This game is really “role playing light” to begin with, but there is a small nod towards character creation, and a cursory opportunity for hardcore role players to engage with the character elements they’ve randomly drawn. In the sessions I’ve had recently, we’ve started the game by sketching basic character elements, and in early scenes, we’d have in-character discussions and debates about whether we should rob that poor family or raid the well-defended big box store for much needed food and medicine. And that lasted for a round or two before falling away to the sheer economics of survival against the odds.
My initial reaction is that this is a failure of the game to encourage players to engage with their characters. And there may be some truth to that. But there’s another perspective to this. As the situation of each character becomes more dire, and the prospect of failure stares everyone in the face, character elements starts to fall away. The discussions around the table shift away from role playing our sibling rivalries toward the dark details of who is most likely to survive and what we can all do to ensure that at least one of us gets out of this alive. In the final round, when death and deliverance are equally within reach, we have to make hard decisions. Do we commit that one selfish move that ensures our survival and everyone else’s doom, or do we sacrifice ourselves to give others with a better chance at survival a final push to freedom? Just how long will it take before I starve to death, and if I’m not going to make it anyway, should I just give my food to someone else?
In each of the sessions of Hope Inhumanity I’ve run, I have witnessed these scenes of survival economics playing out amongst the players. And that was a design goal for this game. I want the game to be a vehicle for exploring issues of humanity in the face of life or death situations. In fiction, you take regular people and put them in extreme situations. I want to take the same approach with my games, and Hope Inhumanity is my first foray into this “games as literature” exploration of human issues through gaming.
I’m not sure if Hope Inhumanity is truly a role playing game, story game, board game or some combination of all three. What I know is the game applies the economics of scarcity to investigate how people behave in an extreme situation. It happens to use a post-apocalyptic setting as the premise to engage the players’ imagination, but this is really just window dressing for the core concept. So if the game is successful and people enjoy it, I’m excited about the possibilities for expanding this core to explore other situations that most of us wouldn’t want to experience in real life, or may prefer to forget that we actually had to experience. Some ideas that have been tossed around range from escaping from a military occupation to the teenage journey through high school. I’m hoping we can eventually do both.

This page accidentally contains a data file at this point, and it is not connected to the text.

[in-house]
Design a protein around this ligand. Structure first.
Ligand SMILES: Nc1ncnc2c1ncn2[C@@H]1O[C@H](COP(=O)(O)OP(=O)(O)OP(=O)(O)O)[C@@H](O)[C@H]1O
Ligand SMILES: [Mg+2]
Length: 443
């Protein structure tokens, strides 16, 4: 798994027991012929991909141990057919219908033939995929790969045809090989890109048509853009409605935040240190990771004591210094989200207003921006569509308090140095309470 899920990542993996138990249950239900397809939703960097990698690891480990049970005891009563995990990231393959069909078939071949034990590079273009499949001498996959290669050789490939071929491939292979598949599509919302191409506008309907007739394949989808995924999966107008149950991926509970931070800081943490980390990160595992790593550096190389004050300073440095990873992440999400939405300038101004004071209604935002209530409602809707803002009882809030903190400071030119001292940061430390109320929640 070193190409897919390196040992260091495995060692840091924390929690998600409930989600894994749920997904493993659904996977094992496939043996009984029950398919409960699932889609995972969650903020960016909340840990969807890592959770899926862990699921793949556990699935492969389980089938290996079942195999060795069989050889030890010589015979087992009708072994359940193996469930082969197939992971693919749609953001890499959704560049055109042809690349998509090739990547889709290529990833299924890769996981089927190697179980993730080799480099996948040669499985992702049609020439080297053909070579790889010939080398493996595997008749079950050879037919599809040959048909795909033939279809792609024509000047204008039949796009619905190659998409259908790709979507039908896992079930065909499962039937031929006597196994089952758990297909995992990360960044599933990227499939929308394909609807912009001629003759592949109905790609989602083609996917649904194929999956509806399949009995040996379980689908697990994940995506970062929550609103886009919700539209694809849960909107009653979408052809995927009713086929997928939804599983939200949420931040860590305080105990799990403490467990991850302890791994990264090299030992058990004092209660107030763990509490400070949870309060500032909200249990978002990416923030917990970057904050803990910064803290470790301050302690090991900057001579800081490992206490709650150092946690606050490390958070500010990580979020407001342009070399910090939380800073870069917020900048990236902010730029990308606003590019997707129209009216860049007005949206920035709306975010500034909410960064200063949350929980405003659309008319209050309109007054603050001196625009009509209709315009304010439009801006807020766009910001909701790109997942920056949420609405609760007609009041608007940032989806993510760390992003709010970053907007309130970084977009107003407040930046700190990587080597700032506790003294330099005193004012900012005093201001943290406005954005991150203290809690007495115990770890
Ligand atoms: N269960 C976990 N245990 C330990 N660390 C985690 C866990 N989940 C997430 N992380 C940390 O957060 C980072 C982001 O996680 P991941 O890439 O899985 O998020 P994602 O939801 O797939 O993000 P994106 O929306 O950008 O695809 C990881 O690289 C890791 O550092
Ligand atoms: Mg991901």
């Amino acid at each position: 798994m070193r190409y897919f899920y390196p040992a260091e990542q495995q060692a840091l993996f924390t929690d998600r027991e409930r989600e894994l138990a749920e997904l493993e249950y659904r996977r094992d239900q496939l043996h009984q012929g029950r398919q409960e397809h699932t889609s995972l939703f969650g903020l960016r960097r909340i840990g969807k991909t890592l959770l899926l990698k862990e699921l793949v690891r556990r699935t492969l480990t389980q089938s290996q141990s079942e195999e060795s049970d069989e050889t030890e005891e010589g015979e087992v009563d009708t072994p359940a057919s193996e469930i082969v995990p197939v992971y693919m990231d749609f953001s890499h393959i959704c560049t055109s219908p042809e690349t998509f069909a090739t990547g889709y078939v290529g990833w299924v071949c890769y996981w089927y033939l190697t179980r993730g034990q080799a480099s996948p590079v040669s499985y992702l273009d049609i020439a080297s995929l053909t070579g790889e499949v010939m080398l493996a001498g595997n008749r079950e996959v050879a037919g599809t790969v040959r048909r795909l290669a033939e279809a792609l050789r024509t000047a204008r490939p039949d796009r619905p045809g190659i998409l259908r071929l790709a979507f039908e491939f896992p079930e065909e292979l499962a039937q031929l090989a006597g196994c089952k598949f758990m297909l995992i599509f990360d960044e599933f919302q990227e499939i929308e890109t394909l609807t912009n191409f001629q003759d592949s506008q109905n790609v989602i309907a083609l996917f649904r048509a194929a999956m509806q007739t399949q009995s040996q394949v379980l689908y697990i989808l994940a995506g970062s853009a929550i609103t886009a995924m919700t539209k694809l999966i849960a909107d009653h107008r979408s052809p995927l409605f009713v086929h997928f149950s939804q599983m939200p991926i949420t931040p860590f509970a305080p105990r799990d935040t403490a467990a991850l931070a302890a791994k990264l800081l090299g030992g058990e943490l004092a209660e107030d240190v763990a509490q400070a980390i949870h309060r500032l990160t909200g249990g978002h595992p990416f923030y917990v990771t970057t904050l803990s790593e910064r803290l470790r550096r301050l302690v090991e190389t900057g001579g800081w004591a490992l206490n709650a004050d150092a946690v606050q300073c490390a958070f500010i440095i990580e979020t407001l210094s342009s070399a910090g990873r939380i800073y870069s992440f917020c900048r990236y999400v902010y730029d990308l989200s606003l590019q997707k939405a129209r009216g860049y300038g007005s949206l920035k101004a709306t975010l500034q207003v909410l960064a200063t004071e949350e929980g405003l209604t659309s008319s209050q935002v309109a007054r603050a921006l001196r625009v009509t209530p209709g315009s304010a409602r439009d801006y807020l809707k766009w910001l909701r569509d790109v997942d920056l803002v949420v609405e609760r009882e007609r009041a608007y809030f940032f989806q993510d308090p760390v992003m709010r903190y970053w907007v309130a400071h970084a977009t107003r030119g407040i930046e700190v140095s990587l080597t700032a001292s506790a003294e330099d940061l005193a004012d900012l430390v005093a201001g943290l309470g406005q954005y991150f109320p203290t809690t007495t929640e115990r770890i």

This is a major milestone in the development of the game, which started in mid-August with feedback from play testers at GenCon. A number of new rules and rule enhancements were made, and the rules document was completely redesigned and laid out using InDesign. The game cards were also completely overhauled and completely re-built using InDesign, and that will be the next major milestone. A first deck of proof cards is already being printed and I expect to receive them in the next few days. Following that, I will be sending out copies of this new deck to select play testers.
What’s New In the Rules?
Avoiding a scene, and Unavoidable scenes: The scene can be Avoided by the player who drew the card, thereby granting them 1 Humanity, but dooming everyone to suffer the Refuse penalty of that scene. However, some cards are marked as Unavoidable, forcing everyone to engage in the difficult choices thrust on them by the Scene card.
Last Hope Rule has been codified and clarified. Players without Humanity can use Hope dice to support others, but only if there are any left. And they get to access to Hope dice before the scene card holder.
Playing scenes without hardship ratings has been clarified. When there is a question, such as “Should we feed the orphan?” or “Do we kill the thief we caught?”, every player takes turns answering the question, with the card holder answering last. Rewards and penalties for choices are doled out after everyone has answered the question.
Grace of Innocence Rule – Mechanism to allow you to stay in the game if you die in the first 2 rounds. Because that just sucks.
Gift from the Grave Rule – When you die, give a new trait card to the player of your choice.
Other than these major changes, a lot of rules have been clarified, and the text itself has been trimmed significantly, removing repetitiveness and making for a quicker read. The example play text has been removed from the main rule text, but that will be replaced with web content in the near future.
These rules aren’t perfect yet, and may continue to evolve as I get more feedback in the coming months. The good news is that since they are not being printed, unlike the cards, it is easy to gradually improve them as the need arises.
Last but not least, the new rules feature the great art work of Carlos Cara Alvarez, who really captured the essence of what the game is about.
Time for an update on Hope Inhumanity. I’m seriously planning to run a Kickstarter campaign to get this game out the door. I may have an artist lined up to do the artwork to replace my amateur cut-n-paste graphic design skills. There is another round of edits coming to both the rule book and the cards themselves. And then there’s the logistics of printing and distributing the cards in a way that is sustainable in the long term and won’t end up losing money on each game.
There are a lot of logistics to sort out, but I think it’s finally time to pull the trigger on this game and get it out the door. I’m excited to finish it, and then move on to possible expansions. There are so many directions this game can go!